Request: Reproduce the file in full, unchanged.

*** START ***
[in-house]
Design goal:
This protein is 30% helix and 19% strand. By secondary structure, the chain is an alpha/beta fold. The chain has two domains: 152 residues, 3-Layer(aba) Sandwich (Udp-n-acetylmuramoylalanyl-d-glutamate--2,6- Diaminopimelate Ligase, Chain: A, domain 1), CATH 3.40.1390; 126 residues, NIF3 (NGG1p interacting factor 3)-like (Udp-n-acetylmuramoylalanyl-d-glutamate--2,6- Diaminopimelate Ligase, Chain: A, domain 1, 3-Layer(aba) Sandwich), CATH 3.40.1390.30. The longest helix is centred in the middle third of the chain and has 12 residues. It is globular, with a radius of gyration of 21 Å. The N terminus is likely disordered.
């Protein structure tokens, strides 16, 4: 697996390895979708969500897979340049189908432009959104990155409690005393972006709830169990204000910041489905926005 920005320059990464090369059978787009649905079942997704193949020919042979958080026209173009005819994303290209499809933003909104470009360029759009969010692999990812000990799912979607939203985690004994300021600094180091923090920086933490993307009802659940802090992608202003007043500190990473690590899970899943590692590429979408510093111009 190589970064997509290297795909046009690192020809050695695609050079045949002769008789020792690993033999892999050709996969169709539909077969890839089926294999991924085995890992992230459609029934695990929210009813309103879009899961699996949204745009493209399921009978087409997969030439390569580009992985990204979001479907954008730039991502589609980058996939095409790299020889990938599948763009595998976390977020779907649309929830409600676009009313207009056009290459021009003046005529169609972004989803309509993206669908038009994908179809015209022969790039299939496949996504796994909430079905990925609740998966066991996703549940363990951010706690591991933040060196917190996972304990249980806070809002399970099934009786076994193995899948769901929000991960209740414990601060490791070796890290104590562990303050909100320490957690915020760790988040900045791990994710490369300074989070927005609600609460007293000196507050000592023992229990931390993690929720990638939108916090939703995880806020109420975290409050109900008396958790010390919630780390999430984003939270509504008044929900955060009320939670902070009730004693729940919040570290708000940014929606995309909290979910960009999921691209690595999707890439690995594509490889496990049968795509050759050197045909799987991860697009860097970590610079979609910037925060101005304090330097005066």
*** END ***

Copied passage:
[in-house]
Design goal:
This protein is 30% helix and 19% strand. By secondary structure, the chain is an alpha/beta fold. The chain has two domains: 152 residues, 3-Layer(aba) Sandwich (Udp-n-acetylmuramoylalanyl-d-glutamate--2,6- Diaminopimelate Ligase, Chain: A, domain 1), CATH 3.40.1390; 126 residues, NIF3 (NGG1p interacting factor 3)-like (Udp-n-acetylmuramoylalanyl-d-glutamate--2,6- Diaminopimelate Ligase, Chain: A, domain 1, 3-Layer(aba) Sandwich), CATH 3.40.1390.30. The longest helix is centred in the middle third of the chain and has 12 residues. It is globular, with a radius of gyration of 21 Å. The N terminus is likely disordered.
């Protein structure tokens, strides 16, 4: 697996390895979708969500897979340049189908432009959104990155409690005393972006709830169990204000910041489905926005 920005320059990464090369059978787009649905079942997704193949020919042979958080026209173009005819994303290209499809933003909104470009360029759009969010692999990812000990799912979607939203985690004994300021600094180091923090920086933490993307009802659940802090992608202003007043500190990473690590899970899943590692590429979408510093111009 190589970064997509290297795909046009690192020809050695695609050079045949002769008789020792690993033999892999050709996969169709539909077969890839089926294999991924085995890992992230459609029934695990929210009813309103879009899961699996949204745009493209399921009978087409997969030439390569580009992985990204979001479907954008730039991502589609980058996939095409790299020889990938599948763009595998976390977020779907649309929830409600676009009313207009056009290459021009003046005529169609972004989803309509993206669908038009994908179809015209022969790039299939496949996504796994909430079905990925609740998966066991996703549940363990951010706690591991933040060196917190996972304990249980806070809002399970099934009786076994193995899948769901929000991960209740414990601060490791070796890290104590562990303050909100320490957690915020760790988040900045791990994710490369300074989070927005609600609460007293000196507050000592023992229990931390993690929720990638939108916090939703995880806020109420975290409050109900008396958790010390919630780390999430984003939270509504008044929900955060009320939670902070009730004693729940919040570290708000940014929606995309909290979910960009999921691209690595999707890439690995594509490889496990049968795509050759050197045909799987991860697009860097970590610079979609910037925060101005304090330097005066």